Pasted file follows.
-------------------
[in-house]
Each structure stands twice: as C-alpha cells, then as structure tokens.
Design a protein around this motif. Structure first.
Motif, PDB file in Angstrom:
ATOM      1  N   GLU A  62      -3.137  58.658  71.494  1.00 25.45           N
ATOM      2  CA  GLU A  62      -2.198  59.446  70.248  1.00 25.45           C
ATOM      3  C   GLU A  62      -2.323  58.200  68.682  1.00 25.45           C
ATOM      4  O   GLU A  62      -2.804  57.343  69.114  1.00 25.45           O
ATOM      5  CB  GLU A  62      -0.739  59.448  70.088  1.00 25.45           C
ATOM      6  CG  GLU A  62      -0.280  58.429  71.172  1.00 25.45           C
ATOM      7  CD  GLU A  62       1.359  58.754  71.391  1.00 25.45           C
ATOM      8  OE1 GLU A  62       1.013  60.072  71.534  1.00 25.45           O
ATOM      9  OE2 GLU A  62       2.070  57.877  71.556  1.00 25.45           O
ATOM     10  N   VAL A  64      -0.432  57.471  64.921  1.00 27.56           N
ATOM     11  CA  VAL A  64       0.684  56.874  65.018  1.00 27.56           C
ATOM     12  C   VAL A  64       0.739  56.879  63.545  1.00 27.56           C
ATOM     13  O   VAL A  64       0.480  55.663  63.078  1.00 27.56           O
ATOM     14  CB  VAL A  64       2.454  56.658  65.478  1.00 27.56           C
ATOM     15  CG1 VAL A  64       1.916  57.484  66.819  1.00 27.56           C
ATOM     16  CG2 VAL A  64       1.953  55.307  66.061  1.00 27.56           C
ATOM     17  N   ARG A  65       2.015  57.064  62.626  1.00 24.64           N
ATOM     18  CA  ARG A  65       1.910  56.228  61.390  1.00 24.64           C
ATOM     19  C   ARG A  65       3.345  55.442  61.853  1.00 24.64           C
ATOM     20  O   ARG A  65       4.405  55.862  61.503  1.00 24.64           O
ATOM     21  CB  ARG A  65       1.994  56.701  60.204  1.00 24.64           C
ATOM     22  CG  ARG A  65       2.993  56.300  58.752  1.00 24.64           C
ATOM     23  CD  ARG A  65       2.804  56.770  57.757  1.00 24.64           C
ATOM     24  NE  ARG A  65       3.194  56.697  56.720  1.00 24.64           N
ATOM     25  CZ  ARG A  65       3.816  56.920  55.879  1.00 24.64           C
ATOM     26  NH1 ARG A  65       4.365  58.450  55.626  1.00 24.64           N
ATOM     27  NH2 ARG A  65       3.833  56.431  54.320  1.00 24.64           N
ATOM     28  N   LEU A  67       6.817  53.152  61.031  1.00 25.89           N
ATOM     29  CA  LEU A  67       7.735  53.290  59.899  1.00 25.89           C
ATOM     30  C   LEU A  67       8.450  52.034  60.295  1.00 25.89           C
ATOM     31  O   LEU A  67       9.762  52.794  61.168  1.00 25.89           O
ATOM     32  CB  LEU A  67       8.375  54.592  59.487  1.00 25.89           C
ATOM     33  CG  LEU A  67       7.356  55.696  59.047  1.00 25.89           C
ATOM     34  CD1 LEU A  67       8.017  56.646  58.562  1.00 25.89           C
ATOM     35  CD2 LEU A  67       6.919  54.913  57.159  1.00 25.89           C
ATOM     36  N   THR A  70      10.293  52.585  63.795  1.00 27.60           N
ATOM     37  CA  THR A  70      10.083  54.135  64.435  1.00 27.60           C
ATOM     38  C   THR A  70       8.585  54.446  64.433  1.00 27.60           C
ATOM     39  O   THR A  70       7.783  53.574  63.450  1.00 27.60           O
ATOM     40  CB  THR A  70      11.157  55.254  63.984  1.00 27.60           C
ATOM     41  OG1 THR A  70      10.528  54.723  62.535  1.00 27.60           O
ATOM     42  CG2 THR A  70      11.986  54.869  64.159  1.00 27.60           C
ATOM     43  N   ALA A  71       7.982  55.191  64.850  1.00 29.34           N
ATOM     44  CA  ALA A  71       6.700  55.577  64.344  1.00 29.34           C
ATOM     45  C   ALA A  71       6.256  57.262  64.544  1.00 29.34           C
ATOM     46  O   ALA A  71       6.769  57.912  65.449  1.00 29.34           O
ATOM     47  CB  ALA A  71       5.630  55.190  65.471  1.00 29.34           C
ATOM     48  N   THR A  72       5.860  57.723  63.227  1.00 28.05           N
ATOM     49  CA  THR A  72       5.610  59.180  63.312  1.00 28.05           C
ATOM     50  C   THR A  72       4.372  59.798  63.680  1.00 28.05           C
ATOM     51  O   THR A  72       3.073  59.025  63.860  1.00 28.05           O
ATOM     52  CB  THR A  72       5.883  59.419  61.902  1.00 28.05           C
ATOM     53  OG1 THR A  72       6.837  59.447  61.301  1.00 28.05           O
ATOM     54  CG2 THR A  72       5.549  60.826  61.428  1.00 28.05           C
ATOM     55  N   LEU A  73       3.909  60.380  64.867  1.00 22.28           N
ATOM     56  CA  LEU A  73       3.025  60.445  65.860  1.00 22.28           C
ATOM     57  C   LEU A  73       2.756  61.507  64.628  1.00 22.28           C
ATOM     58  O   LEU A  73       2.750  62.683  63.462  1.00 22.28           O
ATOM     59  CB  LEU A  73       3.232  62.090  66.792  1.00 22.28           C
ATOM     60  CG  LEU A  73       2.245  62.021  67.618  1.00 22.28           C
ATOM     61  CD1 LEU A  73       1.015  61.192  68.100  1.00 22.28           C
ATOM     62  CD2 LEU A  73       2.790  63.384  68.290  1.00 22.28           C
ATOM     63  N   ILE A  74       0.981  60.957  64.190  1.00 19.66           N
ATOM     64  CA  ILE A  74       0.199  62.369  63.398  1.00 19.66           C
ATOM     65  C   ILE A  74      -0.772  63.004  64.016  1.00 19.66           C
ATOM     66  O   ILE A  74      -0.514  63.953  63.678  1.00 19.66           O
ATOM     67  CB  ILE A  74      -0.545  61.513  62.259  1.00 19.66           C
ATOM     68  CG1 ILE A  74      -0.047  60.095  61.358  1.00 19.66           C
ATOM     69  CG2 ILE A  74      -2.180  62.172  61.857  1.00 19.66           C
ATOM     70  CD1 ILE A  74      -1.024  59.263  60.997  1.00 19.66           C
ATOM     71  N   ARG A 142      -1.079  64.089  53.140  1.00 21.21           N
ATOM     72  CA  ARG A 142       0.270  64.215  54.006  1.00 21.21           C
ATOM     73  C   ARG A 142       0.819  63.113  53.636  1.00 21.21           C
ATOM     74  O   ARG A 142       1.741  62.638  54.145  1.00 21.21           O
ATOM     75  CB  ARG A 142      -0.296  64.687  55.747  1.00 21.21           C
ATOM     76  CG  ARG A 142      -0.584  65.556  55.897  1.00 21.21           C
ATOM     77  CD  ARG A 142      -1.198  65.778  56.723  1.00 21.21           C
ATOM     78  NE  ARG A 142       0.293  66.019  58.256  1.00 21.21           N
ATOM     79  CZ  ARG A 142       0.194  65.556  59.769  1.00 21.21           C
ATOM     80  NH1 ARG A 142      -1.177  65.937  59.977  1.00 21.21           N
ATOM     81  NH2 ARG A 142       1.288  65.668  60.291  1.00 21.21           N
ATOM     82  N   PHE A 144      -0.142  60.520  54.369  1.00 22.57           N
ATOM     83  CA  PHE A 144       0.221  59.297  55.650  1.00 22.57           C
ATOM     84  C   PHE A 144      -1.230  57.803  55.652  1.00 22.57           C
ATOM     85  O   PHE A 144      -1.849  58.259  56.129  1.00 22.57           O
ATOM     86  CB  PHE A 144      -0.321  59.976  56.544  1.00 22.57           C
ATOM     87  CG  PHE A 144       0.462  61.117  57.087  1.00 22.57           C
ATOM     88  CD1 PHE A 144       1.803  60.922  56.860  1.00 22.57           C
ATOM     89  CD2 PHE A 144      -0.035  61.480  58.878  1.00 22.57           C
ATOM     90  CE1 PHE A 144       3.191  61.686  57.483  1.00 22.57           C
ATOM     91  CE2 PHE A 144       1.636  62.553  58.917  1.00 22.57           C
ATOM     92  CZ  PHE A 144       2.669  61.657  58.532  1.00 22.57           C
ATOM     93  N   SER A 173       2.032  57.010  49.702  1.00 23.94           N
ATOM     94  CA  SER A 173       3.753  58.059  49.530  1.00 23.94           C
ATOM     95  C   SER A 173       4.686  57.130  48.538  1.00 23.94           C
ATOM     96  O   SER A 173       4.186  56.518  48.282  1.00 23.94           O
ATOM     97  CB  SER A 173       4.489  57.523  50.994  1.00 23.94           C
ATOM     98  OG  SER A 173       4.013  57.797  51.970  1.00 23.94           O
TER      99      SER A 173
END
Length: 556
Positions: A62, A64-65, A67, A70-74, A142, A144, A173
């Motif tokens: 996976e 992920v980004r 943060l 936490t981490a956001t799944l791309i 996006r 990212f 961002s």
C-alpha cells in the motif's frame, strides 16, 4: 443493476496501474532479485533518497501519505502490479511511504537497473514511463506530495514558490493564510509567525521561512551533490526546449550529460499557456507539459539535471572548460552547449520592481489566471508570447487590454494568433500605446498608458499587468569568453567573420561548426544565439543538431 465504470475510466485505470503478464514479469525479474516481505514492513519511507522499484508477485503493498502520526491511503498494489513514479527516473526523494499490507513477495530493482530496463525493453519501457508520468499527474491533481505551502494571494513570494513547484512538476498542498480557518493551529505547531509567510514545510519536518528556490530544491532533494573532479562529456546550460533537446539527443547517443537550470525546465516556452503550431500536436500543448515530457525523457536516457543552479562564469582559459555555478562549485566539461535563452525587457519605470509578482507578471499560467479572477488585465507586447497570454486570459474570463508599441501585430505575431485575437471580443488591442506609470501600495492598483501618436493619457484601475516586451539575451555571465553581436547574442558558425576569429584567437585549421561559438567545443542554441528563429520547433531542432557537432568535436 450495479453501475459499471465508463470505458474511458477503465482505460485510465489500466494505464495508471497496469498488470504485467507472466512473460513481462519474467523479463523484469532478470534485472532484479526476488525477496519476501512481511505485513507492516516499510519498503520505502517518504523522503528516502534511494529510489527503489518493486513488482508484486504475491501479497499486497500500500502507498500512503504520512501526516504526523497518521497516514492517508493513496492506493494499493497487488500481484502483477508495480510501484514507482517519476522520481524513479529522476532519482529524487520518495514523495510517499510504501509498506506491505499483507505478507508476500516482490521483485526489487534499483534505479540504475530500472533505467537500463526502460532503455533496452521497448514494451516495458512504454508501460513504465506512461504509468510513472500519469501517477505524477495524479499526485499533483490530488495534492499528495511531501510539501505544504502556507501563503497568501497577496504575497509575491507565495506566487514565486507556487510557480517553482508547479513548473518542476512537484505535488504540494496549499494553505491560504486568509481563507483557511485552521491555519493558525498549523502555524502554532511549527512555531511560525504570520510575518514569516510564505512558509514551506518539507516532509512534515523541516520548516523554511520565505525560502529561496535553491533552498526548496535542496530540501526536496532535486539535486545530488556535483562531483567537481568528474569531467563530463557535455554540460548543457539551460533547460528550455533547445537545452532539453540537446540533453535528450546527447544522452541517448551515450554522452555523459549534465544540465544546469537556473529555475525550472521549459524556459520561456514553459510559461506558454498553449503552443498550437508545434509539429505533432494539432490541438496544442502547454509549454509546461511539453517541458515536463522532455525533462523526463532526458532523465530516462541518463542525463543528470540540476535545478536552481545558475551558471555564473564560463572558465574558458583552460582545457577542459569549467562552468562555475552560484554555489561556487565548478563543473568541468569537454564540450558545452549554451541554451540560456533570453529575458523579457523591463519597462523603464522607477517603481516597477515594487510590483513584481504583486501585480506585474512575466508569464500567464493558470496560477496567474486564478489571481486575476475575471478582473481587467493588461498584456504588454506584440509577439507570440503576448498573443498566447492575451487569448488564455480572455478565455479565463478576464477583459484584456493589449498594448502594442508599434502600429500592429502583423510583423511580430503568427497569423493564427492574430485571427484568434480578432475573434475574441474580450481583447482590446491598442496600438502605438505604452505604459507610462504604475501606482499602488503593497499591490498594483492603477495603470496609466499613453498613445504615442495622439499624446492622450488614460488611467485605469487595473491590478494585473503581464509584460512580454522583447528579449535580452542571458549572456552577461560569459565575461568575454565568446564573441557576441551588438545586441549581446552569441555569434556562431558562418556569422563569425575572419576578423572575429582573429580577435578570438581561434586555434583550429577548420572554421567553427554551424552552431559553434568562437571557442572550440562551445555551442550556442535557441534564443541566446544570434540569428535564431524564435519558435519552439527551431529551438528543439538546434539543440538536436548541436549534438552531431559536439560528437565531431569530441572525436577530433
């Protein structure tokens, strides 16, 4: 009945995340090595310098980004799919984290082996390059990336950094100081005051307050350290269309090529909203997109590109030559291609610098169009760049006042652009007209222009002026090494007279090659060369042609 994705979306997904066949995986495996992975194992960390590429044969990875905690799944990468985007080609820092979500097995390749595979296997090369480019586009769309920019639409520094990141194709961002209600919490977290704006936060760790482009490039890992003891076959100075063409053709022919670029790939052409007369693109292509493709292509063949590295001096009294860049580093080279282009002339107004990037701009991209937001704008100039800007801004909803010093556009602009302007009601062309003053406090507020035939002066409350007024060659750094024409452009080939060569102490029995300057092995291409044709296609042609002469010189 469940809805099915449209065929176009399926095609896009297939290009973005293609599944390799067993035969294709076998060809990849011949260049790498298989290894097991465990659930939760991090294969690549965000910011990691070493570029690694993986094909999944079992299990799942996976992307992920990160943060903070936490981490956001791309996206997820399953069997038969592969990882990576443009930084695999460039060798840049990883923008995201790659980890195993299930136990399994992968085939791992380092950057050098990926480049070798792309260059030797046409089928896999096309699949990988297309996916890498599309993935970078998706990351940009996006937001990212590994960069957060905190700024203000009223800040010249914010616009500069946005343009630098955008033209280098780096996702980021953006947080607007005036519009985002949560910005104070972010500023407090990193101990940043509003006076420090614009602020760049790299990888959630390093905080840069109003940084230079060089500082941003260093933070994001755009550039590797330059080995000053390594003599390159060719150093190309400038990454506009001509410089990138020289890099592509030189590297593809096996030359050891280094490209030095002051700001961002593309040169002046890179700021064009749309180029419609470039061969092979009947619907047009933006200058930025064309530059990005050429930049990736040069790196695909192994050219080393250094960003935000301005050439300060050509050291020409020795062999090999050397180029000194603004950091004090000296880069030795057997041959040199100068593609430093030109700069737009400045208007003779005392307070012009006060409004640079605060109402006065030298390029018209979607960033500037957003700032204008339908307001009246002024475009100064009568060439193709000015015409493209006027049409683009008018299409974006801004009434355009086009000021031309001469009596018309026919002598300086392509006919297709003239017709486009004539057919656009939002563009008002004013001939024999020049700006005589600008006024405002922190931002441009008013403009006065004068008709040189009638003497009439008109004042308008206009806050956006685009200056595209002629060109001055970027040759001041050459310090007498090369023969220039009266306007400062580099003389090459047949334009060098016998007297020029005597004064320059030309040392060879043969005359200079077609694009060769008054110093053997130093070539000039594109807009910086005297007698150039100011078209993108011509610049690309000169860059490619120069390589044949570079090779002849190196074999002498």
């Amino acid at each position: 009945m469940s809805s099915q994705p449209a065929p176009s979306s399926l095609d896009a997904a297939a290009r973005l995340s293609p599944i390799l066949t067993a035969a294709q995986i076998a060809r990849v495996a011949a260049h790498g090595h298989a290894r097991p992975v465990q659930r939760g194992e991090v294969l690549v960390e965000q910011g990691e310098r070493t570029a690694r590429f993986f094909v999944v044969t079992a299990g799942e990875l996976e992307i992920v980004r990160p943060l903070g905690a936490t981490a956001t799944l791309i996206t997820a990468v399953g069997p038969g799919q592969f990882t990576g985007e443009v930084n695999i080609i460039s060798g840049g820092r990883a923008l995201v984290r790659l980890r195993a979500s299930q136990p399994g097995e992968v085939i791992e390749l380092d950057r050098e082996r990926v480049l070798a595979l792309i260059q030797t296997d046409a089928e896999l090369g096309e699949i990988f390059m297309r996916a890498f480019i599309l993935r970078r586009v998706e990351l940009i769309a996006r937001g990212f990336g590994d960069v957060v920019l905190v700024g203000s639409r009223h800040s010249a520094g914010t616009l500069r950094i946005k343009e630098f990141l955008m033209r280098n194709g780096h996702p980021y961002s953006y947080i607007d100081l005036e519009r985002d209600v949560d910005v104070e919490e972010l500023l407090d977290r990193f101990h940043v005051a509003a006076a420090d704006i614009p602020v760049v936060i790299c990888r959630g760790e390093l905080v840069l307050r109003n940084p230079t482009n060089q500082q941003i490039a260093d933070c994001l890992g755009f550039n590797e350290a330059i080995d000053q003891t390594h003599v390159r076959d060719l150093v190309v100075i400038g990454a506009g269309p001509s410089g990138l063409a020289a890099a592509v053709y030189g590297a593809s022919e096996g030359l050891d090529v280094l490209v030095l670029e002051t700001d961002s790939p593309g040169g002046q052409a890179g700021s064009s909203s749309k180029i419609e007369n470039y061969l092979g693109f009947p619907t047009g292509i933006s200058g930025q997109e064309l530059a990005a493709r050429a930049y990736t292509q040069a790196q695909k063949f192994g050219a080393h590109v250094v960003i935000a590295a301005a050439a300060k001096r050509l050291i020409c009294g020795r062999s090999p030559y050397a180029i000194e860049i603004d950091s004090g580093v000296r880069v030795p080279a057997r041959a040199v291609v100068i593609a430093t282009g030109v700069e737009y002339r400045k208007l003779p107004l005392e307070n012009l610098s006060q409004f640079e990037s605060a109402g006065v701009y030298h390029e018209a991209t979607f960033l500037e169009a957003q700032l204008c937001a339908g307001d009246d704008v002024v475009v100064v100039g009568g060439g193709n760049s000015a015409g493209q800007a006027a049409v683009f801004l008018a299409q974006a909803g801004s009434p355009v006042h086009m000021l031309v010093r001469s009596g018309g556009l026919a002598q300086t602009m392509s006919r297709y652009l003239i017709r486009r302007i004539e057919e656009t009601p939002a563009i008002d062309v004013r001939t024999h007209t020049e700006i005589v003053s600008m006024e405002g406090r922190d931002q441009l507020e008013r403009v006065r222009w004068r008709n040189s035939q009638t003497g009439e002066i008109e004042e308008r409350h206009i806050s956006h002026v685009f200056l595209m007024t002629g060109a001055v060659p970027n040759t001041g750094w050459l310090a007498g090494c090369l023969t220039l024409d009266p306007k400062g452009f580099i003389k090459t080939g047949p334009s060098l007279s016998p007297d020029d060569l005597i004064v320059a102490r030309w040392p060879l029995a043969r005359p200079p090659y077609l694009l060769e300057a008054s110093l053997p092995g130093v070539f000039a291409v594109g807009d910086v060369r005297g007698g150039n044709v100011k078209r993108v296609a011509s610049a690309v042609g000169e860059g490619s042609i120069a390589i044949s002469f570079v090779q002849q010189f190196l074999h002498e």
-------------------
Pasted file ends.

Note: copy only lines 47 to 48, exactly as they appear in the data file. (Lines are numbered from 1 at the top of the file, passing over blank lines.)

ATOM     43  N   ALA A  71       7.982  55.191  64.850  1.00 29.34           N
ATOM     44  CA  ALA A  71       6.700  55.577  64.344  1.00 29.34           C